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March 27, 2009
Resident Evil 5 - PS3 Review
Release Distributor Publisher Developer Offline Players Online Players
Media HDD Space Resolution Sound Format Tilt Controls OFLC Rating

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Visuals in Resident Evil 5 impress.
Resident Evil (or Biohazard if you live in Japan) should need no introduction. With dozens of games released (including spin-offs) selling over 35 million units, and four successful movies including the recent CG movie Resident Evil Degeneration there are millions of fans the world over. To say that Resident Evil 5, which was announced way back in 2005, is eagerly anticipated would be an understatement. This is the first time the series has been seen on PS3 and Xbox 360, and with visuals to die for and classic gameplay it was a near certainty that this game would be a hit. But have Capcom provided something fresh, or just more of the same? Read on...

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Giving Sheva a boost.
The biohazard threat has not ended: Just when it seemed that the menace of Resident Evil had been destroyed, along comes a new terror. Chris Redfield has followed the path of the evil around the globe. After joining a new organization, Chris heads to Africa where the latest bioterrorism threat is transforming the people and animals of the city into mindless, maddened creatures. He is joined by a new partner, Sheva Alomar, who lends her strength, intelligence and sharp-shooting skills to the mission. In order to survive, Chris and Sheva must work together to take on the challenges of discovering the truth behind this evil plot.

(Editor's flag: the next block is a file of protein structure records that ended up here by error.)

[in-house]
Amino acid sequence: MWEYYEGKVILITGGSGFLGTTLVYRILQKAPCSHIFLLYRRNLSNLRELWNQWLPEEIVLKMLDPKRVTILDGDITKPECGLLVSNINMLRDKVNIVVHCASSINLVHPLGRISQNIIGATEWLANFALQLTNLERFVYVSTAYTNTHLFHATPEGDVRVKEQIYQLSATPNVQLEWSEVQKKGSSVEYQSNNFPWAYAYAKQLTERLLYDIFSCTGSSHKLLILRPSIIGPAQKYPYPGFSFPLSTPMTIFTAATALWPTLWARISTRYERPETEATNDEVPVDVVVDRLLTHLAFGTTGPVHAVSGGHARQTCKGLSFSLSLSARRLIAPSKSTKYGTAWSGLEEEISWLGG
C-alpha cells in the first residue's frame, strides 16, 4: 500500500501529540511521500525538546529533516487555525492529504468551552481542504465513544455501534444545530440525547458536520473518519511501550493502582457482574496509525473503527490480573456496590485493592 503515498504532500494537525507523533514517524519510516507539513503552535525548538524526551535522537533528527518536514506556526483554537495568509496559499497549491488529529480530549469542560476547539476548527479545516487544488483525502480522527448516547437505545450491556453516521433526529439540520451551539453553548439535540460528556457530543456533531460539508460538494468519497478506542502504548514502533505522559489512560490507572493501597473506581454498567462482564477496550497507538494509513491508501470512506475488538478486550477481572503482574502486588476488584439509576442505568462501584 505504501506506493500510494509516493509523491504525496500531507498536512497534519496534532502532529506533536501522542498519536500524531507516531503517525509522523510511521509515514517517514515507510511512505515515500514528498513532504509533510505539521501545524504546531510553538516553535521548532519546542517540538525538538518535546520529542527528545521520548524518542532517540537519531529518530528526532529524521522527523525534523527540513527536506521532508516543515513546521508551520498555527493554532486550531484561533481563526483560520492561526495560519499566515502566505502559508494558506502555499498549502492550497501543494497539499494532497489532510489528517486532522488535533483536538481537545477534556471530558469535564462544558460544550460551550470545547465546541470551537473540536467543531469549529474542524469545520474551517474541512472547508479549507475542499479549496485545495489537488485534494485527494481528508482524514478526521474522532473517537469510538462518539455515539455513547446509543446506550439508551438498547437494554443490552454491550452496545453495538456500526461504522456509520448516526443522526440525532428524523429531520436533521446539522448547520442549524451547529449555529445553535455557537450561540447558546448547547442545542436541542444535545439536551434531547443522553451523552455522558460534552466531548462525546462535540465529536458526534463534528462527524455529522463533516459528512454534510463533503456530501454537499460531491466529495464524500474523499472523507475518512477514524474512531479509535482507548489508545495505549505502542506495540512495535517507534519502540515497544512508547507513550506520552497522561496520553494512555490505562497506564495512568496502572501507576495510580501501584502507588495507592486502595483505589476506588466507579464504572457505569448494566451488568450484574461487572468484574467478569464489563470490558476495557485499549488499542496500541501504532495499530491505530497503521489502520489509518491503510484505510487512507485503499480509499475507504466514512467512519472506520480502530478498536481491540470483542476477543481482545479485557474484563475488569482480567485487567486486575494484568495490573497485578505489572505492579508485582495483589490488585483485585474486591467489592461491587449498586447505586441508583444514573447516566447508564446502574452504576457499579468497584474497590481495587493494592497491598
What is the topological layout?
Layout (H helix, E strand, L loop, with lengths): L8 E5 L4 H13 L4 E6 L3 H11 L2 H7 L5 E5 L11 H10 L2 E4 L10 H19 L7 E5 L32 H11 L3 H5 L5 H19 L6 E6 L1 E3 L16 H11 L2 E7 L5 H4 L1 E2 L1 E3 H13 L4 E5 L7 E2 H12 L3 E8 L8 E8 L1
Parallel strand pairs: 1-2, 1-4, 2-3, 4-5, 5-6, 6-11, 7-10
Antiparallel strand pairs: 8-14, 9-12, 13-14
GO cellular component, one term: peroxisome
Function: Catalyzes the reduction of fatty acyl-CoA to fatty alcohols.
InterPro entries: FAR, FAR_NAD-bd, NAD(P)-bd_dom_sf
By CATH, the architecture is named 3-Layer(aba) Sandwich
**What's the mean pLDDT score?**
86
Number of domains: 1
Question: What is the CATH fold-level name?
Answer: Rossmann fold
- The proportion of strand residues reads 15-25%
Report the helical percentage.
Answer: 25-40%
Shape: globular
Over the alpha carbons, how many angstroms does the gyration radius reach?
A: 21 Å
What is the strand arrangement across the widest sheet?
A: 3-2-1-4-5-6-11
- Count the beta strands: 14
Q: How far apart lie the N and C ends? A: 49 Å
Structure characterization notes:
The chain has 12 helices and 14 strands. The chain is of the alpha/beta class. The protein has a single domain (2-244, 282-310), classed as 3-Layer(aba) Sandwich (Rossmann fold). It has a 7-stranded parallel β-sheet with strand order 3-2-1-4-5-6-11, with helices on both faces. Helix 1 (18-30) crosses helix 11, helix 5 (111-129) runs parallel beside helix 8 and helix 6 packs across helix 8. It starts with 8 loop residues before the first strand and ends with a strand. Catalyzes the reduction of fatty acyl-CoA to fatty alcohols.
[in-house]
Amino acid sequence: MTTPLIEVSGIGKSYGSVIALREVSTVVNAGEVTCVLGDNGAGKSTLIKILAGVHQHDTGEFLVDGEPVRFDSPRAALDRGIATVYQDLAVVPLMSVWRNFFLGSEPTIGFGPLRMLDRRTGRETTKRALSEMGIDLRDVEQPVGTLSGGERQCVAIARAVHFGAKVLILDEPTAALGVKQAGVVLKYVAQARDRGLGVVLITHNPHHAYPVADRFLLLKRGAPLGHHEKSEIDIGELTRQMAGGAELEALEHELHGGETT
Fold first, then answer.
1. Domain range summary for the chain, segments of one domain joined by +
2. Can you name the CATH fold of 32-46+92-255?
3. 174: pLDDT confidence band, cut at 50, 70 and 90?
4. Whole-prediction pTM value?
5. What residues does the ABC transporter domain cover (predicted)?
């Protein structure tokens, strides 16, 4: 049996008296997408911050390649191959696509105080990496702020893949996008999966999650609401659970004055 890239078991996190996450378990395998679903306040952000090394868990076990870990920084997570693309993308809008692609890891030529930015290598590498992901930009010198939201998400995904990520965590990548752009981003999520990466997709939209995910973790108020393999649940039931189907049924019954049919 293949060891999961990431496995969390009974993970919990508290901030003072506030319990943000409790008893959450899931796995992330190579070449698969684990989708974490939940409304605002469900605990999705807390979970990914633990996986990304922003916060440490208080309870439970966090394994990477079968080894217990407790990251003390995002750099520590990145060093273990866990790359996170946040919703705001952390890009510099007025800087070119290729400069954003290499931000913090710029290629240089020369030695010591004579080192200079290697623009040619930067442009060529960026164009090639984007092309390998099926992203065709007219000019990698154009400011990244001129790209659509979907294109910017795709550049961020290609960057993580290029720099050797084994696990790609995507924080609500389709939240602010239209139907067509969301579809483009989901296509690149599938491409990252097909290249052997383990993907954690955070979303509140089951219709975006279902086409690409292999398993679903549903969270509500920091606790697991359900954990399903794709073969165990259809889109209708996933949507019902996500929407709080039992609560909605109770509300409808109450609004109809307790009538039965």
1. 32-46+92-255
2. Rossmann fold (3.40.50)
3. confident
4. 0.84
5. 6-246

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Chris and Sheva in Resident Evil 5.
Before we get into the gameplay I must say that I was impressed with the storyline in this game. As was detailed in Resident Evil Degeneration the focus has shifted away from Umbrella to a terrorist organisation. The story is told through dozens of cut-scenes which are brilliantly scripted and edited with great delivery of dialogue. Overall we have to credit Capcom for creating a story that progresses the franchise and offers some new spins on the Resident Evil mythology. Chris is a great hero, and Sheva is also equal to the task.

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Now that's one big-assed weapon.
If you've ever played a Resident Evil title in the past, and in particular Resident Evil 4, you should be able to pick up and play this game almost immediately. The game is played from an over-the-shoulder perspective so you have an idea of what is ahead, as well as slightly to the side of you. You can carry several items and weapons, but are limited in quantity making management of your inventory important (more on that later).

Weapons in Resident Evil 5 are varied and include pistols, shotguns, machine guns, sniper rifles and more. Each of these weapons can be upgraded with increased firepower, quicker reloading, larger bullet capacity and so on. To do this you will have to pay for the upgrade with money you collect lying around the levels, selling unwanted weapons, or selling treasures discovered in your travels.

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Shooting at the enemies from a vehicle.